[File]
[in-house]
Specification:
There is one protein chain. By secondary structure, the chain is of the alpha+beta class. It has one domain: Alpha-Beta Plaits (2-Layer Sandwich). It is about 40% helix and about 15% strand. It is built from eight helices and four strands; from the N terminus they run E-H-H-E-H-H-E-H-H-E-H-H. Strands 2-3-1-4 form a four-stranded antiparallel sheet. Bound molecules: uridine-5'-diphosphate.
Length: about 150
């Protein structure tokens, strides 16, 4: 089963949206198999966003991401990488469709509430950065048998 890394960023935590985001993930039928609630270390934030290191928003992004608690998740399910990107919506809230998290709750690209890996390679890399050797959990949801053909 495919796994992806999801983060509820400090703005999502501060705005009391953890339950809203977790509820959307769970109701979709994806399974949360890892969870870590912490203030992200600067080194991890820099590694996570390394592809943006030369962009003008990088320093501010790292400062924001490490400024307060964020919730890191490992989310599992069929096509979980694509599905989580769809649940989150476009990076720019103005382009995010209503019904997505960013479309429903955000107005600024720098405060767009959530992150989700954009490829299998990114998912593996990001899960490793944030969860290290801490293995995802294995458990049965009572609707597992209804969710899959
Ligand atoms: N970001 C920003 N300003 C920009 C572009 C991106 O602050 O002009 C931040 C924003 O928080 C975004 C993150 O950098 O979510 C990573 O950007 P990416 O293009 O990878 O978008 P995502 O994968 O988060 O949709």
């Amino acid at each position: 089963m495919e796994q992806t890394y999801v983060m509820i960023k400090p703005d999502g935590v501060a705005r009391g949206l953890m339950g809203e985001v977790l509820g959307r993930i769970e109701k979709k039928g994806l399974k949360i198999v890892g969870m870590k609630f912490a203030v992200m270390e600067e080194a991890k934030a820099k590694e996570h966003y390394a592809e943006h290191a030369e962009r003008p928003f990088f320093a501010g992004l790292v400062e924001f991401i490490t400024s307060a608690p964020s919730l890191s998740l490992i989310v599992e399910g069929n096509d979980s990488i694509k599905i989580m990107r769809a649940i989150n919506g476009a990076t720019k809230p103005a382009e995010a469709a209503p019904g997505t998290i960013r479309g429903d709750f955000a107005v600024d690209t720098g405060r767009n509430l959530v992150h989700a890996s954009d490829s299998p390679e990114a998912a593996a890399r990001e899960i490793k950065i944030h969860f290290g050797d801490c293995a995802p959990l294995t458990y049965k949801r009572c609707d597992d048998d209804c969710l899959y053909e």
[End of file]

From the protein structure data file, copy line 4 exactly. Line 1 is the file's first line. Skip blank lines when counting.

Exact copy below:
Length: about 150